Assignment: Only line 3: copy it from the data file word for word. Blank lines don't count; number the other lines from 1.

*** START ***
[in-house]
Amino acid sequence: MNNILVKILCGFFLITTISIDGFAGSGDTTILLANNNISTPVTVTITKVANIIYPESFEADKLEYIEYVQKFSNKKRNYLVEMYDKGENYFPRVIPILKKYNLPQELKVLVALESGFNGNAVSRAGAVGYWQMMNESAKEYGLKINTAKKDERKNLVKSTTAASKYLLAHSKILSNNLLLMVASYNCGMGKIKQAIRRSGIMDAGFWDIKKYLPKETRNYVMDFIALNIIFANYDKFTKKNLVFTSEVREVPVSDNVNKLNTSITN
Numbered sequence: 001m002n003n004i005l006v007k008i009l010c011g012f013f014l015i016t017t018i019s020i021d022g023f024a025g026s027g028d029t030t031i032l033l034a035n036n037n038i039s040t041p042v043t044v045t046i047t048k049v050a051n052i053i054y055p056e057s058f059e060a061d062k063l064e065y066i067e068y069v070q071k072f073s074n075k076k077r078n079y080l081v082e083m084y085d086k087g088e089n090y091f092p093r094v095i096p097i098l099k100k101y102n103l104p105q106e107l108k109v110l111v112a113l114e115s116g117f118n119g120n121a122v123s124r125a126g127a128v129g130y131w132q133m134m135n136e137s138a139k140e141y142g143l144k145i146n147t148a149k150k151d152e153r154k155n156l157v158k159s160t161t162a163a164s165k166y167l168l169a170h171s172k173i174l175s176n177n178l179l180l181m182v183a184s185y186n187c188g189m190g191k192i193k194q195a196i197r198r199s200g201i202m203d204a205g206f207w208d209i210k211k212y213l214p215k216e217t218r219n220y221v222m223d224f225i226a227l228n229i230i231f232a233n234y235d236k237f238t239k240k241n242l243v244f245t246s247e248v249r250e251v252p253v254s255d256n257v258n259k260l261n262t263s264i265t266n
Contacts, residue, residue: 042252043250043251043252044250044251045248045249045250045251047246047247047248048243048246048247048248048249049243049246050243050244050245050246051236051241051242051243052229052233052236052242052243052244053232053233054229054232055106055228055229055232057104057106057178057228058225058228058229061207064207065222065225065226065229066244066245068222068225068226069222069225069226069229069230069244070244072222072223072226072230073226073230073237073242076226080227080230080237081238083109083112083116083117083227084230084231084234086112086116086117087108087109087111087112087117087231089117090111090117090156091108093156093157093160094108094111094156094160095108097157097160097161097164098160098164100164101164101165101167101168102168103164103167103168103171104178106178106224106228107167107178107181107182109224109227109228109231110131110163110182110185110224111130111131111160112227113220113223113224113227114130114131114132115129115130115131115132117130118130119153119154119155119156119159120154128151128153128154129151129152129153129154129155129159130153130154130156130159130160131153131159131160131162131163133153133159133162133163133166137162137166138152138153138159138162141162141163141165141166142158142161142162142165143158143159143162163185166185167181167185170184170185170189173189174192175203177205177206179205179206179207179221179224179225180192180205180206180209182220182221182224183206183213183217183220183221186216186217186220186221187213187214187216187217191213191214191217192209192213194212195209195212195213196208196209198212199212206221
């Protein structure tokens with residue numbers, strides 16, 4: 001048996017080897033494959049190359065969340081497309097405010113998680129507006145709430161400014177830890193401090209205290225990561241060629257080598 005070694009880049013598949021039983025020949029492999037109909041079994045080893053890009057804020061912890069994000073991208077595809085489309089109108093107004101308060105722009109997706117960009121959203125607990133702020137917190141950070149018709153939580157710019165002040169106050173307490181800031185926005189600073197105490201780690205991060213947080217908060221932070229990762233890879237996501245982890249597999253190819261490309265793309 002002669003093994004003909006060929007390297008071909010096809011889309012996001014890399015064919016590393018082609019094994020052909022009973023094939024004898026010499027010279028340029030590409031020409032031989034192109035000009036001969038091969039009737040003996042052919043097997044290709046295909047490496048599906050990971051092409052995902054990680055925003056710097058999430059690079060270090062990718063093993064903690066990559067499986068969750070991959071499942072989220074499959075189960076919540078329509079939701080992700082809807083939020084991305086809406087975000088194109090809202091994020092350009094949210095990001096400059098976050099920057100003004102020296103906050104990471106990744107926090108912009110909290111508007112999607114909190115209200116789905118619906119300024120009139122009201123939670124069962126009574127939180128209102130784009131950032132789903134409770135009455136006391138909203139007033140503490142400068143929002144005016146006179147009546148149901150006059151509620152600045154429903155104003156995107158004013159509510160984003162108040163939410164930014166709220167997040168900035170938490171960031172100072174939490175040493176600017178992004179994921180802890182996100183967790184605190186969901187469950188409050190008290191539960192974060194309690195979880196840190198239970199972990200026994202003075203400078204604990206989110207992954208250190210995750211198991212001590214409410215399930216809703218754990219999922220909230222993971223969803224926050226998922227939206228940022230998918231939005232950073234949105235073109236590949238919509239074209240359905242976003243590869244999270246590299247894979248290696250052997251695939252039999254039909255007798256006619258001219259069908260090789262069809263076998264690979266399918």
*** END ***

Numbered sequence: 001m002n003n004i005l006v007k008i009l010c011g012f013f014l015i016t017t018i019s020i021d022g023f024a025g026s027g028d029t030t031i032l033l034a035n036n037n038i039s040t041p042v043t044v045t046i047t048k049v050a051n052i053i054y055p056e057s058f059e060a061d062k063l064e065y066i067e068y069v070q071k072f073s074n075k076k077r078n079y080l081v082e083m084y085d086k087g088e089n090y091f092p093r094v095i096p097i098l099k100k101y102n103l104p105q106e107l108k109v110l111v112a113l114e115s116g117f118n119g120n121a122v123s124r125a126g127a128v129g130y131w132q133m134m135n136e137s138a139k140e141y142g143l144k145i146n147t148a149k150k151d152e153r154k155n156l157v158k159s160t161t162a163a164s165k166y167l168l169a170h171s172k173i174l175s176n177n178l179l180l181m182v183a184s185y186n187c188g189m190g191k192i193k194q195a196i197r198r199s200g201i202m203d204a205g206f207w208d209i210k211k212y213l214p215k216e217t218r219n220y221v222m223d224f225i226a227l228n229i230i231f232a233n234y235d236k237f238t239k240k241n242l243v244f245t246s247e248v249r250e251v252p253v254s255d256n257v258n259k260l261n262t263s264i265t266n